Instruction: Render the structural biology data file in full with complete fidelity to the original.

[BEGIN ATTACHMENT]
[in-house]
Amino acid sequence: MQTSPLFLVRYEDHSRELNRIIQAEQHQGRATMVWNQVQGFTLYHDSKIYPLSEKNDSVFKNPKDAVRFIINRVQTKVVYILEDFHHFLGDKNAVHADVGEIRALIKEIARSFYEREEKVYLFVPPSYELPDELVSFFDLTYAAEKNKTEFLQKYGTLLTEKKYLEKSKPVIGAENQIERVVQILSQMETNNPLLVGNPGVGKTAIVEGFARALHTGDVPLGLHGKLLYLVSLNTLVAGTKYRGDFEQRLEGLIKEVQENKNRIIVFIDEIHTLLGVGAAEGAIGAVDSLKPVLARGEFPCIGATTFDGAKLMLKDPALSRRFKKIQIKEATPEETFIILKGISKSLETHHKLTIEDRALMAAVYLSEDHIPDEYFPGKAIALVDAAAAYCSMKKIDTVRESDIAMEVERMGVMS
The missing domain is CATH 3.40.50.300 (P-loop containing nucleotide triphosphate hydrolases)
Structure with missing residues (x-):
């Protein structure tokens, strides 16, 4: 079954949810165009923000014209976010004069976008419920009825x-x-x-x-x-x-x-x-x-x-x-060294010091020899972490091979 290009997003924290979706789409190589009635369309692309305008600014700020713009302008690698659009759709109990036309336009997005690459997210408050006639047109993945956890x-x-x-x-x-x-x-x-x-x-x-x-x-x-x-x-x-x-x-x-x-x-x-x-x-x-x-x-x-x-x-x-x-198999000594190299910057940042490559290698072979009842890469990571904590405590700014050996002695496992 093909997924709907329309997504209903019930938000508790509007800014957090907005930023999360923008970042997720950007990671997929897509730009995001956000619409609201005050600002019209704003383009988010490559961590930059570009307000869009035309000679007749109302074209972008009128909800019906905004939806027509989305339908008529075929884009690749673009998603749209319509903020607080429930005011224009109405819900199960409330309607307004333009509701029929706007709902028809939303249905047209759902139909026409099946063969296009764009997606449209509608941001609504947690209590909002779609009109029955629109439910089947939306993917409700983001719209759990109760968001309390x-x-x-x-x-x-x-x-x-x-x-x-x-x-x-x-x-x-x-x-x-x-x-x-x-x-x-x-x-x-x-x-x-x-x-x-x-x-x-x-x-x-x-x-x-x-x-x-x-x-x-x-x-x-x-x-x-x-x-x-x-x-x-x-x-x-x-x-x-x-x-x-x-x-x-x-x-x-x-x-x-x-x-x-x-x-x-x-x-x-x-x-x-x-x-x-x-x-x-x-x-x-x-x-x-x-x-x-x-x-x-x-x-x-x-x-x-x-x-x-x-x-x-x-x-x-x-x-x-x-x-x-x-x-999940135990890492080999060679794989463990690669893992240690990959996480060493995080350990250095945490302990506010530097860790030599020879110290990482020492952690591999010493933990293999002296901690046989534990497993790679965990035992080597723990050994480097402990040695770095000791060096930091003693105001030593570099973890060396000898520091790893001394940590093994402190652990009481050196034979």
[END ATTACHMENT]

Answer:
[in-house]
Amino acid sequence: MQTSPLFLVRYEDHSRELNRIIQAEQHQGRATMVWNQVQGFTLYHDSKIYPLSEKNDSVFKNPKDAVRFIINRVQTKVVYILEDFHHFLGDKNAVHADVGEIRALIKEIARSFYEREEKVYLFVPPSYELPDELVSFFDLTYAAEKNKTEFLQKYGTLLTEKKYLEKSKPVIGAENQIERVVQILSQMETNNPLLVGNPGVGKTAIVEGFARALHTGDVPLGLHGKLLYLVSLNTLVAGTKYRGDFEQRLEGLIKEVQENKNRIIVFIDEIHTLLGVGAAEGAIGAVDSLKPVLARGEFPCIGATTFDGAKLMLKDPALSRRFKKIQIKEATPEETFIILKGISKSLETHHKLTIEDRALMAAVYLSEDHIPDEYFPGKAIALVDAAAAYCSMKKIDTVRESDIAMEVERMGVMS
The missing domain is CATH 3.40.50.300 (P-loop containing nucleotide triphosphate hydrolases)
Structure with missing residues (x-):
């Protein structure tokens, strides 16, 4: 079954949810165009923000014209976010004069976008419920009825x-x-x-x-x-x-x-x-x-x-x-060294010091020899972490091979 290009997003924290979706789409190589009635369309692309305008600014700020713009302008690698659009759709109990036309336009997005690459997210408050006639047109993945956890x-x-x-x-x-x-x-x-x-x-x-x-x-x-x-x-x-x-x-x-x-x-x-x-x-x-x-x-x-x-x-x-x-198999000594190299910057940042490559290698072979009842890469990571904590405590700014050996002695496992 093909997924709907329309997504209903019930938000508790509007800014957090907005930023999360923008970042997720950007990671997929897509730009995001956000619409609201005050600002019209704003383009988010490559961590930059570009307000869009035309000679007749109302074209972008009128909800019906905004939806027509989305339908008529075929884009690749673009998603749209319509903020607080429930005011224009109405819900199960409330309607307004333009509701029929706007709902028809939303249905047209759902139909026409099946063969296009764009997606449209509608941001609504947690209590909002779609009109029955629109439910089947939306993917409700983001719209759990109760968001309390x-x-x-x-x-x-x-x-x-x-x-x-x-x-x-x-x-x-x-x-x-x-x-x-x-x-x-x-x-x-x-x-x-x-x-x-x-x-x-x-x-x-x-x-x-x-x-x-x-x-x-x-x-x-x-x-x-x-x-x-x-x-x-x-x-x-x-x-x-x-x-x-x-x-x-x-x-x-x-x-x-x-x-x-x-x-x-x-x-x-x-x-x-x-x-x-x-x-x-x-x-x-x-x-x-x-x-x-x-x-x-x-x-x-x-x-x-x-x-x-x-x-x-x-x-x-x-x-x-x-x-x-x-x-999940135990890492080999060679794989463990690669893992240690990959996480060493995080350990250095945490302990506010530097860790030599020879110290990482020492952690591999010493933990293999002296901690046989534990497993790679965990035992080597723990050994480097402990040695770095000791060096930091003693105001030593570099973890060396000898520091790893001394940590093994402190652990009481050196034979």